• Dimensional Modeling:

    • Facts vs. dimensions:
      • Facts are (almost always) numeric measurements / low-level metrics we use for calculation purposes
        • Represent a granular measurement event
      • Dimensions are the (usually non-numeric) attributes we use to filter or group by
        • The "by" nouns, e.g., "revenue by product", so product is a dimension
      • Facts = business process metrics; dimensions = descriptive attributes
      • A fact table has foreign keys to dimension tables
    • In a star schema, key assumption is that the fact::dimension relationship is many::1, e.g., many transactions can have a shared product dimension
      • If many::many, then aggregations will be wonky (think about the cardinalities in the join: 1 * N = N, but M * N = MN)
    • Generally, need to represent many::many relationships as two many::1 and 1::many relationships using a bridge/junction table:
      https://www.dropbox.com/s/kra73kh4l9tm468/Screenshot%202017-03-04%2016.24.31.png?dl=0
      • "Think about a simple relationship like the one between Authors and Books. An author can write many books. A book could have many authors. Now, without a bridge table to resolve the many-to-many relationship, what would the alternative be? You'd have to add multiple Author_ID columns to the Books table, one for each author. But how many do you add? 2? 3? 10? However many you choose, you'll probably end up with a lot of sparse rows where many of the Author_ID values are NULL and there's a good chance that you'll run across a case where you need "just one more." So then you're either constantly modifying the schema to try to accommodate or you're imposing some artificial restriction ("no book can have more than 3 authors") to force things to fit."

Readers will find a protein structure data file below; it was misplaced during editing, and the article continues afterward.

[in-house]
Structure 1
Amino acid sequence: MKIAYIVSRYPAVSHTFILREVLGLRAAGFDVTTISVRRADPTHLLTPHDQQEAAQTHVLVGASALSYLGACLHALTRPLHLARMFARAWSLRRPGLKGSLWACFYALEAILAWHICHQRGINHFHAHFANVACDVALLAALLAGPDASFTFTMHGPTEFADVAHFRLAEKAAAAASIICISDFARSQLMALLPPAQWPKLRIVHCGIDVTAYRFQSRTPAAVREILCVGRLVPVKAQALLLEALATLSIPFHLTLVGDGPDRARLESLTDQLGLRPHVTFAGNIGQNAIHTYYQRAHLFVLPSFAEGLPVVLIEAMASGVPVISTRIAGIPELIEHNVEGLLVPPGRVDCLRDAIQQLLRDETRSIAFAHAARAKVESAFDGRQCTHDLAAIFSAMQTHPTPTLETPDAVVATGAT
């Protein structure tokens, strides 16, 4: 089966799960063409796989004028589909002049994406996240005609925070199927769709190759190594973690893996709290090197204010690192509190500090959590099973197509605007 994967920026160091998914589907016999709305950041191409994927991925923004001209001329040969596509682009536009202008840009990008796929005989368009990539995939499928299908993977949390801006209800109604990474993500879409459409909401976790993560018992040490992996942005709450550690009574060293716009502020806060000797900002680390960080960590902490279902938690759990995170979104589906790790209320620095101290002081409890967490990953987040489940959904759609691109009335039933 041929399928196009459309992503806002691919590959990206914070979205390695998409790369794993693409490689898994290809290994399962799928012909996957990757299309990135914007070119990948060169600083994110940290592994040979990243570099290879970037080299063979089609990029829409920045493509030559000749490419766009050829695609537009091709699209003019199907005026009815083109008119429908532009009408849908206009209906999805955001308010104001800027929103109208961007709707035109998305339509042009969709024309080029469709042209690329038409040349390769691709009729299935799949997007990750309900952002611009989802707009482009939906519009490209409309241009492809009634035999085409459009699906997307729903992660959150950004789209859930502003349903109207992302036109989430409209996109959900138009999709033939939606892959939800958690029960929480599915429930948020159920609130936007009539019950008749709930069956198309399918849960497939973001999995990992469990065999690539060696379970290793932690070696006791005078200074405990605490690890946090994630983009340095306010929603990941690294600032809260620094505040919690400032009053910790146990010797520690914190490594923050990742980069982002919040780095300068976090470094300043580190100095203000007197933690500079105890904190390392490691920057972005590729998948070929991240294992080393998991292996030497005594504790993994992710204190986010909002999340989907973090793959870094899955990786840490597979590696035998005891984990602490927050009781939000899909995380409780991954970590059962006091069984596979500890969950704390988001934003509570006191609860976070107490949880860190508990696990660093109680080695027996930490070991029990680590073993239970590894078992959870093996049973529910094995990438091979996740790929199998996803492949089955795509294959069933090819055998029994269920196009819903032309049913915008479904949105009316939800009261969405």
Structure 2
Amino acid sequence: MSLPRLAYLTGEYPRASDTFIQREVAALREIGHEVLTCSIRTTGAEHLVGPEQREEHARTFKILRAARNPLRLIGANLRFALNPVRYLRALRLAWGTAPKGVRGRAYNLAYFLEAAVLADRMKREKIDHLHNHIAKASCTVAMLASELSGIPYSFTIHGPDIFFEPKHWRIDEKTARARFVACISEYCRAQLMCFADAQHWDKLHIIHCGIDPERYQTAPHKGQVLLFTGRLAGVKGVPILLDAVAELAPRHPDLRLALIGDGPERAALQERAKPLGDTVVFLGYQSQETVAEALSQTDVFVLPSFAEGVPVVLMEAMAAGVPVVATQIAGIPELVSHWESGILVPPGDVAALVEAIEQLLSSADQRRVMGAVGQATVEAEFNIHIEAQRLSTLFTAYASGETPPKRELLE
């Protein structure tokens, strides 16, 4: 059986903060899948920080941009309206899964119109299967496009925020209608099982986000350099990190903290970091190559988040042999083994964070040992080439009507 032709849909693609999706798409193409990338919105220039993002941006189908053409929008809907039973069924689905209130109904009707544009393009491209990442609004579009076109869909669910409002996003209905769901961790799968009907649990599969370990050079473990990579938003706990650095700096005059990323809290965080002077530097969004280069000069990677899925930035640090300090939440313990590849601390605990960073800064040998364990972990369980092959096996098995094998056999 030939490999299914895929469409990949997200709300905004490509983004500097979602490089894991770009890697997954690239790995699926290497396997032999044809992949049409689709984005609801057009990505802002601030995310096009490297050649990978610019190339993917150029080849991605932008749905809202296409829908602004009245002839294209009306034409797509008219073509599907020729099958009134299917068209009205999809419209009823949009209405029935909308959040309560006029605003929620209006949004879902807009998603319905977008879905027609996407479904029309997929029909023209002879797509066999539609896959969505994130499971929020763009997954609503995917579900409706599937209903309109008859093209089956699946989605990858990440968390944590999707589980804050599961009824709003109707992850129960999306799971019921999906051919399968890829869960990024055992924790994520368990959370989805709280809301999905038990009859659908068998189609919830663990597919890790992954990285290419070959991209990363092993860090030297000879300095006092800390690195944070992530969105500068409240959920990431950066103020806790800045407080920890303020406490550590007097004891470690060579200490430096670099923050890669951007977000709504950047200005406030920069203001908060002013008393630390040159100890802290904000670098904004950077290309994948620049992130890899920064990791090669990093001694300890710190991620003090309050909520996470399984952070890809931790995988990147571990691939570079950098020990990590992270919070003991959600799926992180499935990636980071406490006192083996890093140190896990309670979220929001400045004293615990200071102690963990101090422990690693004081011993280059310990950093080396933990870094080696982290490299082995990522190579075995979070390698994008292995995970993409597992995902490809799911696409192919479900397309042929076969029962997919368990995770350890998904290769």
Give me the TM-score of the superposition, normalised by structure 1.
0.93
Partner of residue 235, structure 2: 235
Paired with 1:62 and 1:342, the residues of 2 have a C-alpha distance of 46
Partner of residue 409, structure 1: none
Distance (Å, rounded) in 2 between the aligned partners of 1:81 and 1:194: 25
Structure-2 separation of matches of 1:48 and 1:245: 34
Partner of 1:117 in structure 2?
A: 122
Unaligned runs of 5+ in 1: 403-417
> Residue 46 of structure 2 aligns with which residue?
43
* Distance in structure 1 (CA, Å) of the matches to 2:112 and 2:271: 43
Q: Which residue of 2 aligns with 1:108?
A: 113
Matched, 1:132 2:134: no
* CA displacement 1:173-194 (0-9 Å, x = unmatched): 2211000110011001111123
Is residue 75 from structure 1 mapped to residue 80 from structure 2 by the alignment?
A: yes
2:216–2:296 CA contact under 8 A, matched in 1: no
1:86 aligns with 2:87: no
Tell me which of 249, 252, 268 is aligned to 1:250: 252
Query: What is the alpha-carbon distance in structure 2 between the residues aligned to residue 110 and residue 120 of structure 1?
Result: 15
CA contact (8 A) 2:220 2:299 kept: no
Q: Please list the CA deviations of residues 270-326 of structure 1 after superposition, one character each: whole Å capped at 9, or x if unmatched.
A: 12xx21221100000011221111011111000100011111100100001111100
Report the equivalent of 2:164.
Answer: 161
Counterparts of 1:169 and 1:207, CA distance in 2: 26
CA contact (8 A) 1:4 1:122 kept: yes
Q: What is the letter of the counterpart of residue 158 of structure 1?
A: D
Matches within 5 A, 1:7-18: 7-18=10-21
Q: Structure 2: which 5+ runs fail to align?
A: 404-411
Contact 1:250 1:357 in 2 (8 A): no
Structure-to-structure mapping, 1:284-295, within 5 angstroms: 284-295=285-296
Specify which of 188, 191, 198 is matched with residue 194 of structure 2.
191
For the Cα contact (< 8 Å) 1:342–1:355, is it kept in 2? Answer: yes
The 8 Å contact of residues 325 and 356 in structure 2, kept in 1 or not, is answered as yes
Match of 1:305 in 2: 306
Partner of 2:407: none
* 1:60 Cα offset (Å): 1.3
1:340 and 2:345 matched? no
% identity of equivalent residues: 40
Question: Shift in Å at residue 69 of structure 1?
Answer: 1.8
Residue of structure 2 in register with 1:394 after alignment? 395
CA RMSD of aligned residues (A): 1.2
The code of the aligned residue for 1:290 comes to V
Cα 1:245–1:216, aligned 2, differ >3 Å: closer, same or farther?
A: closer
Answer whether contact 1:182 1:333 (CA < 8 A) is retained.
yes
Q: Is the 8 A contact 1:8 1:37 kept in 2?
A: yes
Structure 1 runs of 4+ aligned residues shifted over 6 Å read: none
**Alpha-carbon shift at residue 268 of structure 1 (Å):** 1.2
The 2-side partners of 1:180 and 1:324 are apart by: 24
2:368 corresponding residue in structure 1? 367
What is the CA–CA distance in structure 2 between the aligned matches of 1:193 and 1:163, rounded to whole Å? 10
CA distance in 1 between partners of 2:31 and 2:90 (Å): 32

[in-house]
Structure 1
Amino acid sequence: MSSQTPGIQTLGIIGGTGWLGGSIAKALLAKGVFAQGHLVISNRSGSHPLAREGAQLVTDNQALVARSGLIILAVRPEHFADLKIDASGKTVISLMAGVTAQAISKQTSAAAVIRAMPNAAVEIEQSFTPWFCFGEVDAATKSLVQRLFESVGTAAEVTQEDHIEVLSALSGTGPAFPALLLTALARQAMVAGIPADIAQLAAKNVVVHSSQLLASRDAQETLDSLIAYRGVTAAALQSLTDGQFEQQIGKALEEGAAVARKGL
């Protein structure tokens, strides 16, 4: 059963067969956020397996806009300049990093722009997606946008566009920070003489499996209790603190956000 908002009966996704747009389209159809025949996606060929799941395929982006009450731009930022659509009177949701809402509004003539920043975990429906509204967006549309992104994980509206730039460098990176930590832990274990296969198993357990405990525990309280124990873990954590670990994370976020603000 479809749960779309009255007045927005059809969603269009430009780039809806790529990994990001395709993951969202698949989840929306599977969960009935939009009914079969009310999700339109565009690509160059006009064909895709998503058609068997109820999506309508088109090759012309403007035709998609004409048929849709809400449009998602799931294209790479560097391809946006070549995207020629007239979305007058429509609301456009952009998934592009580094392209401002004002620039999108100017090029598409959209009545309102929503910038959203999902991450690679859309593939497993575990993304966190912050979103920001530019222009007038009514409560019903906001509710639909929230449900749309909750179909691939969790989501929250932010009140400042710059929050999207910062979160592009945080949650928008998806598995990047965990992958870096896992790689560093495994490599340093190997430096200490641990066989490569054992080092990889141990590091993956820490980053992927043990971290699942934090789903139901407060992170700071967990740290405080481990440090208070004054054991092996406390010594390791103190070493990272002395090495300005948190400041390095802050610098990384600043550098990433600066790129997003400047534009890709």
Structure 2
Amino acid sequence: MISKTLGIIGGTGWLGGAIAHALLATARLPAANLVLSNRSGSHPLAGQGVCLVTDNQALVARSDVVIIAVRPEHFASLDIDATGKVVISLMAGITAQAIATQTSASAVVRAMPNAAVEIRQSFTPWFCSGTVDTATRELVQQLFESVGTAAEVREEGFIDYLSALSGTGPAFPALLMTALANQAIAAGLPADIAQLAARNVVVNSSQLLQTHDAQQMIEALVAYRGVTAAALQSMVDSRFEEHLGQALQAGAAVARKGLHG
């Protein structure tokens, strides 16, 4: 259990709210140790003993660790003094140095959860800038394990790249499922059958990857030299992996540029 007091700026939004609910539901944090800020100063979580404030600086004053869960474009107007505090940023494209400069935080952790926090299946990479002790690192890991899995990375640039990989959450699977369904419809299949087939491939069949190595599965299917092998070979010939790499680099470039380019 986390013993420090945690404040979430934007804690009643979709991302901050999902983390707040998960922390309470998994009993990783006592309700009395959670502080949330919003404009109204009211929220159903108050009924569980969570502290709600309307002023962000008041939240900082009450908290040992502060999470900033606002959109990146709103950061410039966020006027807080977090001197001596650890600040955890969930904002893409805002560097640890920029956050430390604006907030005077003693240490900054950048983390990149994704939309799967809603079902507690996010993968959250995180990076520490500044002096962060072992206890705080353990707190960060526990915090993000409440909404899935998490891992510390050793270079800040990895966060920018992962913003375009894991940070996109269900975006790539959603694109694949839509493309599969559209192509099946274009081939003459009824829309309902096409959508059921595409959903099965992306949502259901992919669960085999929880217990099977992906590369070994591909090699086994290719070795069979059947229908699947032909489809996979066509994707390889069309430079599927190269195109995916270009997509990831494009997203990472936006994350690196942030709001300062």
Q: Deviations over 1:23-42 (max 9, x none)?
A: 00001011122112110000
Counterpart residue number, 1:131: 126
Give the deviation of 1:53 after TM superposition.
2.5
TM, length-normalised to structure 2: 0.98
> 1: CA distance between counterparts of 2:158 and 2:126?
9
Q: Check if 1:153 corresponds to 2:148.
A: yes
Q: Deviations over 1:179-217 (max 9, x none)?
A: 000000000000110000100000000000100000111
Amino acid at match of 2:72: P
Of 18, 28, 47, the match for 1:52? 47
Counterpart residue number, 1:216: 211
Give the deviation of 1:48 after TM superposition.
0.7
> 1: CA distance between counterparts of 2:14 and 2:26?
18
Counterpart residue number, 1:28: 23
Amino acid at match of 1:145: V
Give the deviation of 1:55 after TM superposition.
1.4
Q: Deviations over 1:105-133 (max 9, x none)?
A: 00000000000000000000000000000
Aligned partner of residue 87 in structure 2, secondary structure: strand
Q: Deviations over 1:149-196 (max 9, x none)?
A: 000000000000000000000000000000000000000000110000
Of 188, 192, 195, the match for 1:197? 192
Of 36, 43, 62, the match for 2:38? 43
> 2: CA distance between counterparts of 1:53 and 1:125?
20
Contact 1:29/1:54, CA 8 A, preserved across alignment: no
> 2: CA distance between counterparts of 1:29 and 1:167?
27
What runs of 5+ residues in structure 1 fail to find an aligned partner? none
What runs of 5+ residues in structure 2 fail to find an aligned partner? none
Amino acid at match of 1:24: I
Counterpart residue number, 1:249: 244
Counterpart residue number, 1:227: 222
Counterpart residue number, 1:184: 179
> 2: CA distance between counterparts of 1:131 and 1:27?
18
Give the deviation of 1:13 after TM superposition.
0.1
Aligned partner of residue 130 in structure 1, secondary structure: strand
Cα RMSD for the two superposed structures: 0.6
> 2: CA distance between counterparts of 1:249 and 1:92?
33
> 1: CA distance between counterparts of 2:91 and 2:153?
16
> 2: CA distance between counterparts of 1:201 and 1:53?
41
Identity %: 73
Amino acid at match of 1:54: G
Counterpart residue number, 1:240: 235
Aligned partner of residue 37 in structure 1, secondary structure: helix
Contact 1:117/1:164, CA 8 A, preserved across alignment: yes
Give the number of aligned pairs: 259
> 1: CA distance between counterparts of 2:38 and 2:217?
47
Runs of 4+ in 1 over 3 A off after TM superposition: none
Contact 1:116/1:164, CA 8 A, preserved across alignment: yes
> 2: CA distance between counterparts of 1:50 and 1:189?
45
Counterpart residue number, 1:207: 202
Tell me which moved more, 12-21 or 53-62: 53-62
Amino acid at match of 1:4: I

• In other words, with a many::many relationship, there's no meaningful parent-child relationship, no way to place foreign keys that makes sense. So with a bridge/junction/linking table, each record of the bridge table represents each unique combination of, say, author and book. There can be many authors and many books, but each combination only shows up once in the bridge.
        • select *
        • from author a join author_book ab on a.id = ab.author_id
          • join book b on b.id = ab.book_id;
    • Database modeling notation:
      • https://www.dropbox.com/s/dsld9gs3frocxxi/Screenshot%202017-03-04%2016.34.02.png?dl=0
      • https://www.dropbox.com/s/24l3nwsogzxgxhm/Screenshot%202017-03-04%2016.33.27.png?dl=0
        https://www.smartdraw.com/entity-relationship-diagram/
    • Snowflake vs. star schema:
      • Star schema has a fact table and then dimension tables directly associated with it through foreign keys. Denormalized for BI query performance. Simpler queries as well.
        Looks like, well, a star: with the dimension tables surrounding a central fact table.
      • Snowflake schema normalizes the dimension tables, e.g., nests categorical / hierarchical data. Less duplication and more referential integrity protection. Also uses less space.
        The dimension tables branching out is reminiscent of a snowflake.
      • http://www.vertabelo.com/blog/technical-articles/data-warehouse-modeling-star-schema-vs-snowflake-schema